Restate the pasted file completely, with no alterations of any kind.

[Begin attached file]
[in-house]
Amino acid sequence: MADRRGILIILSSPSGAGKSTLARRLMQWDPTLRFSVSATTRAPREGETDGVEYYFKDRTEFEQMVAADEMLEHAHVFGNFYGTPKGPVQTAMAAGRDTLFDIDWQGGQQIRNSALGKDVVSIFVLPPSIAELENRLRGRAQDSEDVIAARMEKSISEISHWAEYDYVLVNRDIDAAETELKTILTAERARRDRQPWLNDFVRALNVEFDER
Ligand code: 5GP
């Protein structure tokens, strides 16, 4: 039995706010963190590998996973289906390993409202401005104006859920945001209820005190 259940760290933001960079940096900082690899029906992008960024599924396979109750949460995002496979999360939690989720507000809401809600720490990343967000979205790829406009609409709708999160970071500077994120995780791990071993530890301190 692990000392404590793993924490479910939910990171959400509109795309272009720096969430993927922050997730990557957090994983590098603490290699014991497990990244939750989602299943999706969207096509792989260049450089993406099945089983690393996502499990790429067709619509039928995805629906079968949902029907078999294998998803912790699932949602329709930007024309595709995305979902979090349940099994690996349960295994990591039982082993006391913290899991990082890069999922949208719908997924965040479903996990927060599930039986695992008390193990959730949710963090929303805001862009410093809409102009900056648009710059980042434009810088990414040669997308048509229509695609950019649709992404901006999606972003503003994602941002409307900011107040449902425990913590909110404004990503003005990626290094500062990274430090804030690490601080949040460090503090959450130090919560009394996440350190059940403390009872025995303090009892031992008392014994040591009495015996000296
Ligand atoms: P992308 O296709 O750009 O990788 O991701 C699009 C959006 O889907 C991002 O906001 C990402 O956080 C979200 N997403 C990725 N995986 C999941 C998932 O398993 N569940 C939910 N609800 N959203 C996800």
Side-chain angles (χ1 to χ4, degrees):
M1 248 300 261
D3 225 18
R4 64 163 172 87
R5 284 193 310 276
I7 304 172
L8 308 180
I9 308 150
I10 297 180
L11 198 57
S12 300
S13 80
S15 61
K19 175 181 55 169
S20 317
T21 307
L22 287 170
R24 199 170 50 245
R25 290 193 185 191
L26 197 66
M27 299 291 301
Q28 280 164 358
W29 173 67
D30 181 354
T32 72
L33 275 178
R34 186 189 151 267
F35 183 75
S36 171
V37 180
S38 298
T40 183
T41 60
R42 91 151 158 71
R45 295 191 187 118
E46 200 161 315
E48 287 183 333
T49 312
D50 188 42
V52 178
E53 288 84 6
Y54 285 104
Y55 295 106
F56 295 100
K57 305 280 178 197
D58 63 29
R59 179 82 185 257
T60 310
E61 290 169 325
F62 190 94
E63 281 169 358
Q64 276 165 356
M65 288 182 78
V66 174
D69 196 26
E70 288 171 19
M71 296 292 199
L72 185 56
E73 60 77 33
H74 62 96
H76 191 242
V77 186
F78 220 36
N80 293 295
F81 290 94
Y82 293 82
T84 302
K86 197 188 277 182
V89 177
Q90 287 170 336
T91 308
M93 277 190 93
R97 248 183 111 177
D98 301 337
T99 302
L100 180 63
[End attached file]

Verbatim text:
[in-house]
Amino acid sequence: MADRRGILIILSSPSGAGKSTLARRLMQWDPTLRFSVSATTRAPREGETDGVEYYFKDRTEFEQMVAADEMLEHAHVFGNFYGTPKGPVQTAMAAGRDTLFDIDWQGGQQIRNSALGKDVVSIFVLPPSIAELENRLRGRAQDSEDVIAARMEKSISEISHWAEYDYVLVNRDIDAAETELKTILTAERARRDRQPWLNDFVRALNVEFDER
Ligand code: 5GP
């Protein structure tokens, strides 16, 4: 039995706010963190590998996973289906390993409202401005104006859920945001209820005190 259940760290933001960079940096900082690899029906992008960024599924396979109750949460995002496979999360939690989720507000809401809600720490990343967000979205790829406009609409709708999160970071500077994120995780791990071993530890301190 692990000392404590793993924490479910939910990171959400509109795309272009720096969430993927922050997730990557957090994983590098603490290699014991497990990244939750989602299943999706969207096509792989260049450089993406099945089983690393996502499990790429067709619509039928995805629906079968949902029907078999294998998803912790699932949602329709930007024309595709995305979902979090349940099994690996349960295994990591039982082993006391913290899991990082890069999922949208719908997924965040479903996990927060599930039986695992008390193990959730949710963090929303805001862009410093809409102009900056648009710059980042434009810088990414040669997308048509229509695609950019649709992404901006999606972003503003994602941002409307900011107040449902425990913590909110404004990503003005990626290094500062990274430090804030690490601080949040460090503090959450130090919560009394996440350190059940403390009872025995303090009892031992008392014994040591009495015996000296
Ligand atoms: P992308 O296709 O750009 O990788 O991701 C699009 C959006 O889907 C991002 O906001 C990402 O956080 C979200 N997403 C990725 N995986 C999941 C998932 O398993 N569940 C939910 N609800 N959203 C996800």
Side-chain angles (χ1 to χ4, degrees):
M1 248 300 261
D3 225 18
R4 64 163 172 87
R5 284 193 310 276
I7 304 172
L8 308 180
I9 308 150
I10 297 180
L11 198 57
S12 300
S13 80
S15 61
K19 175 181 55 169
S20 317
T21 307
L22 287 170
R24 199 170 50 245
R25 290 193 185 191
L26 197 66
M27 299 291 301
Q28 280 164 358
W29 173 67
D30 181 354
T32 72
L33 275 178
R34 186 189 151 267
F35 183 75
S36 171
V37 180
S38 298
T40 183
T41 60
R42 91 151 158 71
R45 295 191 187 118
E46 200 161 315
E48 287 183 333
T49 312
D50 188 42
V52 178
E53 288 84 6
Y54 285 104
Y55 295 106
F56 295 100
K57 305 280 178 197
D58 63 29
R59 179 82 185 257
T60 310
E61 290 169 325
F62 190 94
E63 281 169 358
Q64 276 165 356
M65 288 182 78
V66 174
D69 196 26
E70 288 171 19
M71 296 292 199
L72 185 56
E73 60 77 33
H74 62 96
H76 191 242
V77 186
F78 220 36
N80 293 295
F81 290 94
Y82 293 82
T84 302
K86 197 188 277 182
V89 177
Q90 287 170 336
T91 308
M93 277 190 93
R97 248 183 111 177
D98 301 337
T99 302
L100 180 63